Family life, Latest articles, Mental Health

Mother’s Day and grief – shouldn’t I be over this now?

Mother’s Day is here again and like so many who have lost their mother I’ve struggled during the run-up to it.

The barrage of non-stop advertising on social media and television has been relentless and it’s hard to escape.

It’s more than twenty years since my mother died of cancer; she was just 51 at the time and I was 23.

Two decades on, a lot has changed, I have a lovely life and I’m really happy.

That being said, Mother’s Day is still hard, and I can’t help asking myself,  ‘shouldn’t I be over this now?’

And the answer to that of course is; it just doesn’t work like that.

As anyone knows who has experienced grief it is a constant entity in your life. It comes in waves, sometimes small ones and other times tsunamis that knock you over.

If you have loved someone so deeply and they have been a big part of your life, grief never completely leaves. 

My mother had a huge impact on me, she taught me so many things, not least how to be a mother. 

She remains a leading force in my life and has influenced everything from my career choice to my political views and my outlook on life. 

She is still involved in my daily life. I still stop when I hear a song she liked, read books she loved and watch her favourite films now and again.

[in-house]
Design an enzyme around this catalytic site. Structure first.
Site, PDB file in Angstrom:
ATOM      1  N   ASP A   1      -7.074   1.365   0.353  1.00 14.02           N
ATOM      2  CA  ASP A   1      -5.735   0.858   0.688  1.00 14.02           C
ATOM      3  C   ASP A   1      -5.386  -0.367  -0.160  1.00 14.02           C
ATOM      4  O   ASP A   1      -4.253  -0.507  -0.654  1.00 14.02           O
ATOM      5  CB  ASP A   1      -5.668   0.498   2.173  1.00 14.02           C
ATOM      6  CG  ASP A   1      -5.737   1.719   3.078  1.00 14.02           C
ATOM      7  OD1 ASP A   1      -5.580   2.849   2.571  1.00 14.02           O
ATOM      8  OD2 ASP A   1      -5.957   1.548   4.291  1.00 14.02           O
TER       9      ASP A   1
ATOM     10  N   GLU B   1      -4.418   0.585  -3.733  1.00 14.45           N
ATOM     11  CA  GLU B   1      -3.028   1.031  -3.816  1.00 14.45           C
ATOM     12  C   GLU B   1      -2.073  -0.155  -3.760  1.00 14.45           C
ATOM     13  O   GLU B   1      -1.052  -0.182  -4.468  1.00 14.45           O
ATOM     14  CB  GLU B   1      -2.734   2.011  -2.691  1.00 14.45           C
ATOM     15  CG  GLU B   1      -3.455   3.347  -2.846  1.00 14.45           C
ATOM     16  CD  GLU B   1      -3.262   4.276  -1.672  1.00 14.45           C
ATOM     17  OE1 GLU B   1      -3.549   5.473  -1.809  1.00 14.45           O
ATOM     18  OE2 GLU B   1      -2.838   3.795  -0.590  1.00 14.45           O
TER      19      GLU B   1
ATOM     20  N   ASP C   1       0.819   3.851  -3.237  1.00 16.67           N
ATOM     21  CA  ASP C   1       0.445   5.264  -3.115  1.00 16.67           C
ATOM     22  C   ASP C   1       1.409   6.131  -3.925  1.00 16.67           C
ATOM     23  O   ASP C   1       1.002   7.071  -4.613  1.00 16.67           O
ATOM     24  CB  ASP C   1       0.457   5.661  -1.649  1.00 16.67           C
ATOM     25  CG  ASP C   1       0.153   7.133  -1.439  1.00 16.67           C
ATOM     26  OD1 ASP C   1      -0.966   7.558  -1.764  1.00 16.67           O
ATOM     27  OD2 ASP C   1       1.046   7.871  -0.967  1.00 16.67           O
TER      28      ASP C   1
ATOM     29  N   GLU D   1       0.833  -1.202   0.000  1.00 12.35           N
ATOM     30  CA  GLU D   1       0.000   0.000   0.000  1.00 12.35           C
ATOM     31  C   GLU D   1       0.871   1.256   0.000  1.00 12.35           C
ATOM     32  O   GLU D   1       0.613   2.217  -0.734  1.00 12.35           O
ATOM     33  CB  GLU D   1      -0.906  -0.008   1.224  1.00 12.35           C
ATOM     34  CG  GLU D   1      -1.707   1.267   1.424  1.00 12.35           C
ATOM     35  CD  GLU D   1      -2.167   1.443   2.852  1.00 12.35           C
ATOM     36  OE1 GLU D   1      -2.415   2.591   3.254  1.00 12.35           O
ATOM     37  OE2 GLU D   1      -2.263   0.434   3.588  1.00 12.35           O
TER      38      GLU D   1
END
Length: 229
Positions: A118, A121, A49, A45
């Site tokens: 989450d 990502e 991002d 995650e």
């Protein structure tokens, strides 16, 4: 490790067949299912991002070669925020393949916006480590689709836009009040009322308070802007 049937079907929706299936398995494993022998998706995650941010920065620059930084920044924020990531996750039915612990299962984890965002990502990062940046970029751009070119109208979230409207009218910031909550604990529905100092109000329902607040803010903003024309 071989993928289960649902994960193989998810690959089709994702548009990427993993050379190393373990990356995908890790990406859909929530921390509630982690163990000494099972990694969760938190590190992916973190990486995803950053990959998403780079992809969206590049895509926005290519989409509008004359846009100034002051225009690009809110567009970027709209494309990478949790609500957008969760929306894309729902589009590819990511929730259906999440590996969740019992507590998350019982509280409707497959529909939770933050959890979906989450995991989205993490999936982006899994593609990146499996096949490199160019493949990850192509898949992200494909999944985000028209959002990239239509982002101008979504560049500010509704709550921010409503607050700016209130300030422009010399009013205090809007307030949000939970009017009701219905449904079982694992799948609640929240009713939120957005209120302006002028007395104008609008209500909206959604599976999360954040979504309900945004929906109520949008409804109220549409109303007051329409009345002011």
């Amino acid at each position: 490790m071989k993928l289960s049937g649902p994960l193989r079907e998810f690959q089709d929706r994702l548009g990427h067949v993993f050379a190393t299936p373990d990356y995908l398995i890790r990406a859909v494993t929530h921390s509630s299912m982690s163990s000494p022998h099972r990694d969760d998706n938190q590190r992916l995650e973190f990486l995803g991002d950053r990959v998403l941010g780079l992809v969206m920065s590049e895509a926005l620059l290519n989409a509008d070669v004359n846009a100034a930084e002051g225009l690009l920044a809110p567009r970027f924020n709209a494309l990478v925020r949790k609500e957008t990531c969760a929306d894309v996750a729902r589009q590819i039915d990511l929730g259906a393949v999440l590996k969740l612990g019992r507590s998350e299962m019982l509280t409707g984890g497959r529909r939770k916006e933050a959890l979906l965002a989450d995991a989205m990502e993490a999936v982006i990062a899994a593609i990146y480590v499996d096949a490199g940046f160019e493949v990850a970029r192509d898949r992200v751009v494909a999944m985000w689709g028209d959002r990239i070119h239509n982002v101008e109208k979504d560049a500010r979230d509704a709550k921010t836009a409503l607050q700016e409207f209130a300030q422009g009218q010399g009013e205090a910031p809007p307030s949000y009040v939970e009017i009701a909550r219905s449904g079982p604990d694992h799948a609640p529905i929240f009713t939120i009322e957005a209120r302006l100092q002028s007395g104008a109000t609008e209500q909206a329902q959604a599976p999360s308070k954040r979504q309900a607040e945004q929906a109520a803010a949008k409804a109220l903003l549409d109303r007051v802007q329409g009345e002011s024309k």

I often walk where she loved to walk and if I see a jumper in a shop which she would have liked I stop for a while to look at it. 

I talk to my boys about her, share memories with my Dad and brothers and read the letters she wrote to me when I was at university. 

That being said, I owe it to her to be happy and to live a full life and that I am most certainly doing. It is entirely possible to simultaneously feel sad for someone who is not there while being happy and grateful for those who are.

So for now my grief will sit with me in whatever form and rather than expecting it to disappear I’ll allow it to be ever- present in my life. 

For those getting to see their Mother’s from the doorstep or via FaceTime today, I don’t begrudge you one bit. I have my own happy memories and am eternally grateful that I was able to be a mother myself.

I am however thinking of all my friends today who are also sitting with their grief, not just for mothers who have passed away but those with damaged relationships with their mothers or no relationship at all.

And those who were not able to be mothers when it is what they had so desperately wanted.

For anyone struggling with this day you are certainly not alone and I hope the waves are manageable for you. 

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